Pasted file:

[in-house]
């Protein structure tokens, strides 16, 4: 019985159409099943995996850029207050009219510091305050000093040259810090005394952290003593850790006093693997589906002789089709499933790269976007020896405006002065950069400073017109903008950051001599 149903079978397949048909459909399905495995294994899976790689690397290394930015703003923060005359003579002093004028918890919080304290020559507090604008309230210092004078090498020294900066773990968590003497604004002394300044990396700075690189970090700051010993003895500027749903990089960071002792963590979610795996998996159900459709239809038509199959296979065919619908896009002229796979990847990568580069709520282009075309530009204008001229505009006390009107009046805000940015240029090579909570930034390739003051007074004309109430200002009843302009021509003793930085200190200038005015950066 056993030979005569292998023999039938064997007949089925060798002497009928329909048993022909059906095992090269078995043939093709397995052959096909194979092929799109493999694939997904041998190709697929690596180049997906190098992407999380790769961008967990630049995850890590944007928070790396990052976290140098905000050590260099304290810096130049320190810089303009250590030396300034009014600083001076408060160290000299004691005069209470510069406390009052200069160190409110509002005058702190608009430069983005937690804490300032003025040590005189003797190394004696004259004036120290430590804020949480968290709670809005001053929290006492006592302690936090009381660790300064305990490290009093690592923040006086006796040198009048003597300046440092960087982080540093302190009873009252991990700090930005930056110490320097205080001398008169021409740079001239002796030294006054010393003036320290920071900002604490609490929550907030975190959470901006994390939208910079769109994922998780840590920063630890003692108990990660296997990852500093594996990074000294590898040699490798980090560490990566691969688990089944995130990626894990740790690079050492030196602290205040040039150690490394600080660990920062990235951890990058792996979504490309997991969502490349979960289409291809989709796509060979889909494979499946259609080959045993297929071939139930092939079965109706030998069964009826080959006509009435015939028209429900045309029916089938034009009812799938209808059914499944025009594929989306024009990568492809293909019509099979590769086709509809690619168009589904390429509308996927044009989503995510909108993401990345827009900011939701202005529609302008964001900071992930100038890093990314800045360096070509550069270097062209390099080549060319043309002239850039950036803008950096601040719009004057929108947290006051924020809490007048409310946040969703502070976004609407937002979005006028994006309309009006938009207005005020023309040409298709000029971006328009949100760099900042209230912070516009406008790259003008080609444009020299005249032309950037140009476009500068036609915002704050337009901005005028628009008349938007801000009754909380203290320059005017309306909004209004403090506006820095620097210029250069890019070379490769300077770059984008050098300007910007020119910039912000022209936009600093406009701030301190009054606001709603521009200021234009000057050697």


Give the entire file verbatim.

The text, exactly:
[in-house]
């Protein structure tokens, strides 16, 4: 019985159409099943995996850029207050009219510091305050000093040259810090005394952290003593850790006093693997589906002789089709499933790269976007020896405006002065950069400073017109903008950051001599 149903079978397949048909459909399905495995294994899976790689690397290394930015703003923060005359003579002093004028918890919080304290020559507090604008309230210092004078090498020294900066773990968590003497604004002394300044990396700075690189970090700051010993003895500027749903990089960071002792963590979610795996998996159900459709239809038509199959296979065919619908896009002229796979990847990568580069709520282009075309530009204008001229505009006390009107009046805000940015240029090579909570930034390739003051007074004309109430200002009843302009021509003793930085200190200038005015950066 056993030979005569292998023999039938064997007949089925060798002497009928329909048993022909059906095992090269078995043939093709397995052959096909194979092929799109493999694939997904041998190709697929690596180049997906190098992407999380790769961008967990630049995850890590944007928070790396990052976290140098905000050590260099304290810096130049320190810089303009250590030396300034009014600083001076408060160290000299004691005069209470510069406390009052200069160190409110509002005058702190608009430069983005937690804490300032003025040590005189003797190394004696004259004036120290430590804020949480968290709670809005001053929290006492006592302690936090009381660790300064305990490290009093690592923040006086006796040198009048003597300046440092960087982080540093302190009873009252991990700090930005930056110490320097205080001398008169021409740079001239002796030294006054010393003036320290920071900002604490609490929550907030975190959470901006994390939208910079769109994922998780840590920063630890003692108990990660296997990852500093594996990074000294590898040699490798980090560490990566691969688990089944995130990626894990740790690079050492030196602290205040040039150690490394600080660990920062990235951890990058792996979504490309997991969502490349979960289409291809989709796509060979889909494979499946259609080959045993297929071939139930092939079965109706030998069964009826080959006509009435015939028209429900045309029916089938034009009812799938209808059914499944025009594929989306024009990568492809293909019509099979590769086709509809690619168009589904390429509308996927044009989503995510909108993401990345827009900011939701202005529609302008964001900071992930100038890093990314800045360096070509550069270097062209390099080549060319043309002239850039950036803008950096601040719009004057929108947290006051924020809490007048409310946040969703502070976004609407937002979005006028994006309309009006938009207005005020023309040409298709000029971006328009949100760099900042209230912070516009406008790259003008080609444009020299005249032309950037140009476009500068036609915002704050337009901005005028628009008349938007801000009754909380203290320059005017309306909004209004403090506006820095620097210029250069890019070379490769300077770059984008050098300007910007020119910039912000022209936009600093406009701030301190009054606001709603521009200021234009000057050697």